This story was originally published on Friday, August 4, 2023 in my weekly newsletter. You can sign up for that newsletter here.
Just last week I had my third frustrating experience with a Matter device. But it’s time I stop blaming the Matter spec for the challenges I’m facing. My issues are really with the ecosystem vendors. Which is ironic, since these vendors are the ones that in 2019 banded together to create Matter to enable smart home device interoperability.
After more than two decades covering technology, I’ve seen how large companies can get behind a standard and then sabotage it from the inside, either intentionally or not. I’m not here to say that Amazon, Google, or Apple are intentionally making the rollout of Matter a crummy experience for consumers, but I am here to say that their decisions are making Matter appear broken.
One of the big points of potential confusion with the Matter ecosystem is that it divides devices into two camps: controllers and devices. It also offers two options for device connectivity: Thread or Wi-Fi. This provides ample opportunity for consumer confusion when choosing devices that work together.
If a consumer buys a Thread device but then runs out to buy a Matter product that only works with Wi-Fi, the two devices will need a controller to communicate with each other. This conundrum actually has nothing to do with the vendors, and the Connectivity Standards Alliance (CSA), which manages the Matter standard, is aware of it.
Maybe one day we’ll see more clarification or education from the CSA around labeling Matter devices to help address the potential for consumer misunderstandings and eventual product returns. But there are other areas where the Matter experience is falling short, and the blame seems to lie squarely with the vendors.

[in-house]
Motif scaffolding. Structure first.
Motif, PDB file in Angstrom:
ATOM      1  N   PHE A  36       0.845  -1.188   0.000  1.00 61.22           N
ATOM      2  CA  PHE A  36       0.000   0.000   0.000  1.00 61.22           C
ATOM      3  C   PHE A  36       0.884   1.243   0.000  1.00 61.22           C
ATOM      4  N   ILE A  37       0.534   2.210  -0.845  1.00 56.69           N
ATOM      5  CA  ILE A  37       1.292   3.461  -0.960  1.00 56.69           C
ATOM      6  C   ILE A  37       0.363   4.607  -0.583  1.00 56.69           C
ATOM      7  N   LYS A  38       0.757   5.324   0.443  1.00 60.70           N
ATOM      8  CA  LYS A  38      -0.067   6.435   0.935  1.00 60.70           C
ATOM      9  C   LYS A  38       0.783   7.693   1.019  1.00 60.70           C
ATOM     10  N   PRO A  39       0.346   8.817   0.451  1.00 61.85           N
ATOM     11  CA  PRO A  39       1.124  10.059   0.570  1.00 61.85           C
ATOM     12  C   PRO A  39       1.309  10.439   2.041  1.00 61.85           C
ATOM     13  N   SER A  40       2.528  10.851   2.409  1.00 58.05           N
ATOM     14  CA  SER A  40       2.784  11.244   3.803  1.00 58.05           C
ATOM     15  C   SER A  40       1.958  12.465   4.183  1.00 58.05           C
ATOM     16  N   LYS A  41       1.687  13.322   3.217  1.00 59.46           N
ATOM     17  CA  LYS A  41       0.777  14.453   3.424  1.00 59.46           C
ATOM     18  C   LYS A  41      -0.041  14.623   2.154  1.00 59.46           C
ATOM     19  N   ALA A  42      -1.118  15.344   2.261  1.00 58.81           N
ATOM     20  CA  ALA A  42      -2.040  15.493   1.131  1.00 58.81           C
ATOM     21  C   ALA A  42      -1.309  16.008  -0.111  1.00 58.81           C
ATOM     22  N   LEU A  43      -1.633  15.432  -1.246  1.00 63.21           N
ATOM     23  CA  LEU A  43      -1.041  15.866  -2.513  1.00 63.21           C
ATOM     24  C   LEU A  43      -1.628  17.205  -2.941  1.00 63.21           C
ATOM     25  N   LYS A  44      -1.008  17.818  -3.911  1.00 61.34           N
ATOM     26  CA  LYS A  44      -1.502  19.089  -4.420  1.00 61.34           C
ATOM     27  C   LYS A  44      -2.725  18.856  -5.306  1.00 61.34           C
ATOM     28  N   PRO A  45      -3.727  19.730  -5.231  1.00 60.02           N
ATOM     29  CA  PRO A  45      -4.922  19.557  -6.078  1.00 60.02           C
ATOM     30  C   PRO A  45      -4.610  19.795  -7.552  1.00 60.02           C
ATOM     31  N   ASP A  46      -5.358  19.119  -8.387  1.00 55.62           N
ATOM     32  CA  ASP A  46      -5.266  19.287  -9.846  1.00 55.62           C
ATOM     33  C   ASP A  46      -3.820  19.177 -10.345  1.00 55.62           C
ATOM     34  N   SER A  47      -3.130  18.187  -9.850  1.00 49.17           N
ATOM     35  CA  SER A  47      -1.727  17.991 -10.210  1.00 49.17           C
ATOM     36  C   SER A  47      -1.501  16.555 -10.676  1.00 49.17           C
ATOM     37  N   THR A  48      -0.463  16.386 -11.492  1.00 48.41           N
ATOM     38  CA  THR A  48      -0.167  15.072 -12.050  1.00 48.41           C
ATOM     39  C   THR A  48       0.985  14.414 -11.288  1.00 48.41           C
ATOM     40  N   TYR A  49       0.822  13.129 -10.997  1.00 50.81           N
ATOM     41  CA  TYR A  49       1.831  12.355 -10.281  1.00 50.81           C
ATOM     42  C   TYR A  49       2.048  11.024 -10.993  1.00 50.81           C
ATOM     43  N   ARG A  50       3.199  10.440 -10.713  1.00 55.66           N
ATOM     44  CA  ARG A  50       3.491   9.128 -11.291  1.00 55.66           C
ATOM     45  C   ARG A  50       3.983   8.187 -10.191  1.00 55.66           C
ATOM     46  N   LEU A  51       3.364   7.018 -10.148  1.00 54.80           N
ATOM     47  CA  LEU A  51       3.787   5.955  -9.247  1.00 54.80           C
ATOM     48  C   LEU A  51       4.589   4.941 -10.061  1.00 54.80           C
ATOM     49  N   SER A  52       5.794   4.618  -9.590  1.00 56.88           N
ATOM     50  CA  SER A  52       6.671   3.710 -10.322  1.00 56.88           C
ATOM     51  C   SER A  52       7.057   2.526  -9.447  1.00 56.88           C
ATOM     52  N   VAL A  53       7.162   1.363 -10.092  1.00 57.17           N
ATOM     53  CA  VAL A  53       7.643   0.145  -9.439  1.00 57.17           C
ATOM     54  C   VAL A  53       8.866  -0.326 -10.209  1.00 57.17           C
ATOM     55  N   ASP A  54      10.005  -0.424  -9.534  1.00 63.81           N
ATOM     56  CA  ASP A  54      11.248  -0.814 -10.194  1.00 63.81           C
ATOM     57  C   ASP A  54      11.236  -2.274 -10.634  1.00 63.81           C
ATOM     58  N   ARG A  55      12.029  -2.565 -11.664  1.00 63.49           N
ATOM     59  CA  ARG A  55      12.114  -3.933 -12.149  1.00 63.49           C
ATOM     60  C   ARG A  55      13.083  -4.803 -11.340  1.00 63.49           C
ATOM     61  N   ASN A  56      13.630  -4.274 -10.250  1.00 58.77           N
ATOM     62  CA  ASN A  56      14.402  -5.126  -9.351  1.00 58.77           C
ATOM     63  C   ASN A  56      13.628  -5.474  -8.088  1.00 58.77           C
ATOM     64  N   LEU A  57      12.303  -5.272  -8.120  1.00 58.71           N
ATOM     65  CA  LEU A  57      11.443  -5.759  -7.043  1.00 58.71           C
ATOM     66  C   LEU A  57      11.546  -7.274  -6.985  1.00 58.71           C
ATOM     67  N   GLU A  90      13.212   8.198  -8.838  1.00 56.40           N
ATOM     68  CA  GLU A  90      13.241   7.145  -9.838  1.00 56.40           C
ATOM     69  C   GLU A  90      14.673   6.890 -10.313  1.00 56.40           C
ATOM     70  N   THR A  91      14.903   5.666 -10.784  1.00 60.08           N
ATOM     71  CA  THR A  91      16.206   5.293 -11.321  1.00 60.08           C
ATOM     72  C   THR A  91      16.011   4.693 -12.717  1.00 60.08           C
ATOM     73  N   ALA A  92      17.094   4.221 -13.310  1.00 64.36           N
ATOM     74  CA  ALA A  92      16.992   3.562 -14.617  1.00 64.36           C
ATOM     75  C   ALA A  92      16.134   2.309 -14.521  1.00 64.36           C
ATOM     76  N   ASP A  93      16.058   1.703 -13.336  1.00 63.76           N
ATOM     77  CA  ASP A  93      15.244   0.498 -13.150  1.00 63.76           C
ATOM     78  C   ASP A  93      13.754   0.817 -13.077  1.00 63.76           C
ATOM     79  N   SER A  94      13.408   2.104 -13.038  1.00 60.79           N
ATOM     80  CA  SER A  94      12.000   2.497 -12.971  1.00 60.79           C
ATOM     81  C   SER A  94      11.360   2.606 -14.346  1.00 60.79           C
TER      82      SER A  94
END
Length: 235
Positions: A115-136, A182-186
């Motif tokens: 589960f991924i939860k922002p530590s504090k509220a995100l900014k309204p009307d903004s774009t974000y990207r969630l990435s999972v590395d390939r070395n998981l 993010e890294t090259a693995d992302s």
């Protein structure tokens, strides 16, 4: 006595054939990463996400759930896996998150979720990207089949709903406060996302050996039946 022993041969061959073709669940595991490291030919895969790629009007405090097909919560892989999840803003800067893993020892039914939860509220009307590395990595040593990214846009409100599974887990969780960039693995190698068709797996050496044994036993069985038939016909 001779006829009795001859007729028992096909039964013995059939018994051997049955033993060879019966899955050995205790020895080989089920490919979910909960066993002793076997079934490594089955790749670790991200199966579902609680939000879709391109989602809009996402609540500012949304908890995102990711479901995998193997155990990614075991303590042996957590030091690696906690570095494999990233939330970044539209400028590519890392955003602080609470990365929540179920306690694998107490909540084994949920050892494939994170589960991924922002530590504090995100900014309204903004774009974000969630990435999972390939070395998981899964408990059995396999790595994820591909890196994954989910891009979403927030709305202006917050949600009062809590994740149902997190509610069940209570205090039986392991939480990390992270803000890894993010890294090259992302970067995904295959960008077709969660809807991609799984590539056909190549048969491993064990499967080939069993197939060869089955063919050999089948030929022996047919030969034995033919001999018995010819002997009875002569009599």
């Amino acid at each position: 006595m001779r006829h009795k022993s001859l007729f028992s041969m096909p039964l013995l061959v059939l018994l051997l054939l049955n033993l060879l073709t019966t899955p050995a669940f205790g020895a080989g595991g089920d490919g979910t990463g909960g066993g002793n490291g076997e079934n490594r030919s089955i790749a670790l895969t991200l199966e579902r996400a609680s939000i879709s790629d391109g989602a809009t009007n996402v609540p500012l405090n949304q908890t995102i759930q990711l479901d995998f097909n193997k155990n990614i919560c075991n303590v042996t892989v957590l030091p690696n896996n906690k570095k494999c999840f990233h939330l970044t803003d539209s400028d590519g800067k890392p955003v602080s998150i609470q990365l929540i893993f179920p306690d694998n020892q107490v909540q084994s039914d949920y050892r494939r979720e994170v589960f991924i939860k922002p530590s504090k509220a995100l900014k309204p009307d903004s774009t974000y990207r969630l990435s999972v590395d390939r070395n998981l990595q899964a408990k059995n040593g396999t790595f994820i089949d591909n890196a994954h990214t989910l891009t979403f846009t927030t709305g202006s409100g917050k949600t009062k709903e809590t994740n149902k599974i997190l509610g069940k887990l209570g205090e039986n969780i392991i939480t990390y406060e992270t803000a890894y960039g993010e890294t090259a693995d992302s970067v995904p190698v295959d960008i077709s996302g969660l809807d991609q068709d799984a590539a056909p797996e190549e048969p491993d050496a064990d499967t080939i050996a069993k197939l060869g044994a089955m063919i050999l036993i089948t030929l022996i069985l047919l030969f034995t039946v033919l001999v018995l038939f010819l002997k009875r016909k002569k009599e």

Let’s start with the obvious. Many vendors have rolled out support for Matter in an uneven manner. For example, Apple experienced a bit of a hiccup updating its Home app on iOS to support Matter, which made it challenging to add Matter devices using an iPhone for months. That’s fixed now.
Amazon started its support for Matter devices focused only on lights, switches, and smart bulbs. And it only supported control of these devices over Wi-Fi until May, when it started adding Thread support as well. Today Amazon supports in-wall switches, alongside light bulbs, plugs, sensors, thermostats, and locks. An Amazon spokesman told me that Amazon will add support for more devices over time.
Google has made a big effort to bring in new device types over time, and has relied on Matter to help add more functionality to its overall smart home platform, but it still doesn’t support all of Matter’s device types. Sam Gabbay, the CEO of Tuo, a smart button maker, says that Google had supported his Matter-based smart button, but then something changed, and Google no longer supports generic switches. Also, for months the iOS version of Google Home didn’t support adding Matter devices, but this is fixed now. Google didn’t return my request for comment.
Meanwhile, SmartThings has been incredibly proactive as the owner of a Matter-based controller. The company has worked with Google, Apple, and Amazon to make sure Matter devices on SmartThings controllers can be controlled across different ecosystems, as the Matter standard had intended. This required Samsung, which owns the SmartThings platform, to be proactive and work with each company to ensure all the relevant credentials and data were shared properly.